The conflict between randomized clinical trials and the therapeutic obligation

Journal of Medicine and Philosophy 11 (4):347-366 (1986)
  Copy   BIBTEX

Abstract

The central dilemma concerning randomized clinical trials (RCTs) arises out of some simple facts about causal methodology (RCTs are the best way to generate the reliable causal knowledge necessary for optimally-informed action) and a prima facie plausible principle concerning how physicians should treat their patients (always do what it is most reasonable to believe will be best for the patient). A number of arguments related to this in the literature are considered. Attempts to avoid the dilemma fail. Appeals to informed consent and mechanisms for minimizing the resulting harm are important for policy, but informed consent is problematic and mechanisms for minimization of harm do not address the dilemma. Appeals to some sort of contract model of justification are promising and illuminating. Keywords: randomized clinical trials, ethics CiteULike Connotea Del.icio.us What's this?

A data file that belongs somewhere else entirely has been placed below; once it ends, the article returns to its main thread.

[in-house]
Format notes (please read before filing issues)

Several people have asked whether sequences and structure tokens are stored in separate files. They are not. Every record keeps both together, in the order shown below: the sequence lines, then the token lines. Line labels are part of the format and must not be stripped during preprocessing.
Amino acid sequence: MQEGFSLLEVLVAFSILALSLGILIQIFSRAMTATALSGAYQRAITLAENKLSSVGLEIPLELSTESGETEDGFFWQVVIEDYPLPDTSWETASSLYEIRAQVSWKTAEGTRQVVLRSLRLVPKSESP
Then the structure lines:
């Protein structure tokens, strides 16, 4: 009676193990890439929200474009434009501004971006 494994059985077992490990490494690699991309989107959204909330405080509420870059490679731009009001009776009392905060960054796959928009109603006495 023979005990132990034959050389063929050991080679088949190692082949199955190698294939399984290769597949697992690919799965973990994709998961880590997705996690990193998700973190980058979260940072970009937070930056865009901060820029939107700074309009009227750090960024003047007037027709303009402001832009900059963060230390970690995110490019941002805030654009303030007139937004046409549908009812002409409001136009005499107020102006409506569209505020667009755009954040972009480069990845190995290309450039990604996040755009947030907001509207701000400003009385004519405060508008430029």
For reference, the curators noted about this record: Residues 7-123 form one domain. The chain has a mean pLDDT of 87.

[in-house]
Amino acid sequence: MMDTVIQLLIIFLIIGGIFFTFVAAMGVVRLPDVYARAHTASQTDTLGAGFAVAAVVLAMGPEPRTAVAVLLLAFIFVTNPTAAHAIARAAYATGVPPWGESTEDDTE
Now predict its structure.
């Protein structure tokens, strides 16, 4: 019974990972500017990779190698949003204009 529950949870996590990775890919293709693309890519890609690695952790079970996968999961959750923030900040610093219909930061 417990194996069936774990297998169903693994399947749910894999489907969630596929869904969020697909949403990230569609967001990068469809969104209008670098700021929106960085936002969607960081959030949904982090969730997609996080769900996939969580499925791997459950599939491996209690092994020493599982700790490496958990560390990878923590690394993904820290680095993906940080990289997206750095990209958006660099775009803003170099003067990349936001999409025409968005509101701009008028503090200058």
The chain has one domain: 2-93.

Links

PhilArchive



    Upload a copy of this work     Papers currently archived: 74,569

External links

Setup an account with your affiliations in order to access resources via your University's proxy server

Through your library

Analytics

Added to PP
2010-08-16

Downloads
43 (#269,595)

6 months
1 (#418,924)

Historical graph of downloads
How can I increase my downloads?

Author's Profile

Fred Gifford
Michigan State University

References found in this work

No references found.

Add more references